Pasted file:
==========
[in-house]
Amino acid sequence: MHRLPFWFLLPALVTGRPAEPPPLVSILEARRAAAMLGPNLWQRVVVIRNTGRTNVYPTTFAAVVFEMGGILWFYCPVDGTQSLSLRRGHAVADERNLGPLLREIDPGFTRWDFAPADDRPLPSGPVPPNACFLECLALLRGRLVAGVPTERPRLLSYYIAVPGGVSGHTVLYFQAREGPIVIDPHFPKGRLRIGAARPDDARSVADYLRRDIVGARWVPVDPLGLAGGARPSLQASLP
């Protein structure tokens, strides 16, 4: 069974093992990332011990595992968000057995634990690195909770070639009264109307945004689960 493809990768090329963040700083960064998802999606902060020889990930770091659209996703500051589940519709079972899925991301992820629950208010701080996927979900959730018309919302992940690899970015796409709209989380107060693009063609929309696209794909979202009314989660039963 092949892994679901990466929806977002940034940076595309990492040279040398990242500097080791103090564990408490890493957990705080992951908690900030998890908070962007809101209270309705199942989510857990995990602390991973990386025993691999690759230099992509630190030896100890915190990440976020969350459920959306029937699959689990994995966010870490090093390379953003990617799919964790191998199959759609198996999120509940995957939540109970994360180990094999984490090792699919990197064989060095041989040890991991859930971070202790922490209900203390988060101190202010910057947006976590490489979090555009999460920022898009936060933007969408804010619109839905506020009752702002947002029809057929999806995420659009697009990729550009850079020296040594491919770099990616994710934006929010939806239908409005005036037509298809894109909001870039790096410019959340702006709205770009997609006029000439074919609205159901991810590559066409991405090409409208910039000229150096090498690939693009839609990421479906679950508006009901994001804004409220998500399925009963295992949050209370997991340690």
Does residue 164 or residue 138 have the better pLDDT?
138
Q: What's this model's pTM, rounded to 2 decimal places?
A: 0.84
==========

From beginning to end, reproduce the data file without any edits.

[in-house]
Amino acid sequence: MHRLPFWFLLPALVTGRPAEPPPLVSILEARRAAAMLGPNLWQRVVVIRNTGRTNVYPTTFAAVVFEMGGILWFYCPVDGTQSLSLRRGHAVADERNLGPLLREIDPGFTRWDFAPADDRPLPSGPVPPNACFLECLALLRGRLVAGVPTERPRLLSYYIAVPGGVSGHTVLYFQAREGPIVIDPHFPKGRLRIGAARPDDARSVADYLRRDIVGARWVPVDPLGLAGGARPSLQASLP
């Protein structure tokens, strides 16, 4: 069974093992990332011990595992968000057995634990690195909770070639009264109307945004689960 493809990768090329963040700083960064998802999606902060020889990930770091659209996703500051589940519709079972899925991301992820629950208010701080996927979900959730018309919302992940690899970015796409709209989380107060693009063609929309696209794909979202009314989660039963 092949892994679901990466929806977002940034940076595309990492040279040398990242500097080791103090564990408490890493957990705080992951908690900030998890908070962007809101209270309705199942989510857990995990602390991973990386025993691999690759230099992509630190030896100890915190990440976020969350459920959306029937699959689990994995966010870490090093390379953003990617799919964790191998199959759609198996999120509940995957939540109970994360180990094999984490090792699919990197064989060095041989040890991991859930971070202790922490209900203390988060101190202010910057947006976590490489979090555009999460920022898009936060933007969408804010619109839905506020009752702002947002029809057929999806995420659009697009990729550009850079020296040594491919770099990616994710934006929010939806239908409005005036037509298809894109909001870039790096410019959340702006709205770009997609006029000439074919609205159901991810590559066409991405090409409208910039000229150096090498690939693009839609990421479906679950508006009901994001804004409220998500399925009963295992949050209370997991340690």
Does residue 164 or residue 138 have the better pLDDT?
138
Q: What's this model's pTM, rounded to 2 decimal places?
A: 0.84